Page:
14. Brad Hoehne says:

    … and one more thing: In stopping a sword with the palms of the hands, one could similarly anticipate the direction and velocity of the blade and move the hands along with that motion, thus reducing the relative hand/blade motion. Seems less plausbile, though.

  15. Lewis says:

    man, no catching arrows? no catching bullets with your teeth? what about “The Last Dragon?” it documented bruce leroy doing both!

  16. Chris says:

    catching arrow, still not a good idea to try un an actual combat scenario, if you have the time and leisure to anticipate the trajectory and timing of a bow shot, especially at range, and especially if we are talking about weaker bows, you definately have the time and ability to move out of the way. Walking on water, again, berhaps possible, but completely impractical, remember the thing about burying poles underwater? Seems a lot easier, less strenuous way to acheive the same effect. Why would anyone train, for as long as it would take, to learn how to perform a parlor trick, when there is a simpler way, that looks just as good, and has less chance of backfiring?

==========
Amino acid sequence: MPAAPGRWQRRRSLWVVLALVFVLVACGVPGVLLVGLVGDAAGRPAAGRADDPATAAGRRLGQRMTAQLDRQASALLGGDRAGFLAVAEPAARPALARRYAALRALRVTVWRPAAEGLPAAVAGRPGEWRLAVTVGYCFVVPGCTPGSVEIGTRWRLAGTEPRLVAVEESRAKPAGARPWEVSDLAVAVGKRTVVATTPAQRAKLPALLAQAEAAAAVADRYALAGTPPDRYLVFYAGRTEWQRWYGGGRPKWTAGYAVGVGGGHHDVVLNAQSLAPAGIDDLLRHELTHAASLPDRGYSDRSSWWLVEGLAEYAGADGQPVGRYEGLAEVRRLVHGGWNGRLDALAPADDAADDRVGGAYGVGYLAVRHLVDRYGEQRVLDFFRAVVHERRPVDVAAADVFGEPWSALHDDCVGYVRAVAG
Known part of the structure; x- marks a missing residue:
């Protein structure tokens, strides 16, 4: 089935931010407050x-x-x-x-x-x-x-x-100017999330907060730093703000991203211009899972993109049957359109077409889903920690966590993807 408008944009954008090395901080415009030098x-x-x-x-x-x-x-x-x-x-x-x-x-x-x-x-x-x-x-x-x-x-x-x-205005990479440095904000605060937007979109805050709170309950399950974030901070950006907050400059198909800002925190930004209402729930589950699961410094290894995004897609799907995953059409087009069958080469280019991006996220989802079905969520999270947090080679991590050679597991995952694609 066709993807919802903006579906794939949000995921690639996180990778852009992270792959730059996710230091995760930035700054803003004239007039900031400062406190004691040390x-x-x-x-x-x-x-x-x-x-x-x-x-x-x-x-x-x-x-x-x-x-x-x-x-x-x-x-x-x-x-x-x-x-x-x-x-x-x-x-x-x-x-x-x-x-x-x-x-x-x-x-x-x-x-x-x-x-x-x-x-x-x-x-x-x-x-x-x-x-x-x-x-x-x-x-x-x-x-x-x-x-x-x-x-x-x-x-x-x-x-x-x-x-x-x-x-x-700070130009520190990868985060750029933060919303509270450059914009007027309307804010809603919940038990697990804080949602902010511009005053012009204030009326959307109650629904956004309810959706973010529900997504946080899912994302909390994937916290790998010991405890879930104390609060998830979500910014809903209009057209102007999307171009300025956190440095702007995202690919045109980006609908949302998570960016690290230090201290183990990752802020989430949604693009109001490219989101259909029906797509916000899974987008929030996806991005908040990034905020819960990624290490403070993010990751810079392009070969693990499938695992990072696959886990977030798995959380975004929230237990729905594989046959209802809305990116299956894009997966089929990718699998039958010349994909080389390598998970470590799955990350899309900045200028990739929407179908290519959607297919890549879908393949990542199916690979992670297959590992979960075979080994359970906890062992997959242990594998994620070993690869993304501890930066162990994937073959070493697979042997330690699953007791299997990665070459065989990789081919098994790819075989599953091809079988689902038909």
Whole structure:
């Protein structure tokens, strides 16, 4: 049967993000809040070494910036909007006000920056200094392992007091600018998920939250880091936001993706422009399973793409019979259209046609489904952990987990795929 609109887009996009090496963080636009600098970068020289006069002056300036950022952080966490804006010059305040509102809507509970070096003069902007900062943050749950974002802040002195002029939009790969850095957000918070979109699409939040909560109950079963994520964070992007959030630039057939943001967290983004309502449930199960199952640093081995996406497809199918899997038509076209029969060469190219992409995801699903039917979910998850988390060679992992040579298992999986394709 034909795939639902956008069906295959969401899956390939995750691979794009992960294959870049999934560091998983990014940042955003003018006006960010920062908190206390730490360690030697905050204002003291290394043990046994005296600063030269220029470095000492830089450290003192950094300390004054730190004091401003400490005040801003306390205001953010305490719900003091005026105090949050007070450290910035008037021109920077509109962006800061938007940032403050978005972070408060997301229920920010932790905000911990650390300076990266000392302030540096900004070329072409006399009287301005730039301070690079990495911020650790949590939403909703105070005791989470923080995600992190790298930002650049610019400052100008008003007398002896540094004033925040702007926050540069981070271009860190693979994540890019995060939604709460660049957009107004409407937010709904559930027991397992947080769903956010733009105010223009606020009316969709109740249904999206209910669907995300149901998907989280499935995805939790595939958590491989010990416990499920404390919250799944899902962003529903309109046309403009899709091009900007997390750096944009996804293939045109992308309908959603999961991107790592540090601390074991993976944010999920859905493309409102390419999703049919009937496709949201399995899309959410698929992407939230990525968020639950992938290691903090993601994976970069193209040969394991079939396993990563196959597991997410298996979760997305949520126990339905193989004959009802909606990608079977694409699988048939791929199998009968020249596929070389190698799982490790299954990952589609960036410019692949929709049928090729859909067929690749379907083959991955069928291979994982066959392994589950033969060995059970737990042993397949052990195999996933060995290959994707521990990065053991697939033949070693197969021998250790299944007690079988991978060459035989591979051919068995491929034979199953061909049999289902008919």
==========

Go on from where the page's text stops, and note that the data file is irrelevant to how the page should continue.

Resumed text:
17. Tix says:

    I’m from brazil…my english is not so good…In the myth that a ninja can
    catch an arrow on midair…Adam and Jamie do completely wrong…you need catch it making a circular moviment with your body…You can’t catch it …when the arrow touch your hand u make thye moviment..try it…i bet you will catch it

  18. Laura says:

    i saw someone catch an arrow on ripleys believe it or not. it was from alot further away. but he still did it.

  19. Jay says:

    Did anyone bother writing in? Mythbusters are famous for doing revisits of previous myths. Since they (Adam) seems to love Ninja myths they might be happy to revisit the whole show.

  20. Jay says:

    Just another bit of myth-fact..

    MIZU GUMO DESCRIPTION:
    A Mizu Gumo is a water crossing device that was used by the ninja. It was an inflatible seat that surrounds the hips of the ninja and suspends him in water. The pouches that held the air were usually made out of rabbit skin and horse hide.

    So why do we have round wooden shoes in the Mythbusters episode????

    • MSpears says:

      A myth-understanding (pun intended) of the Mizo Gumo by Adam and/or the research team?

  21. Cody says:

    Please tell me how you can walk on corn starch!!! PLEASE REPLY!!!!!!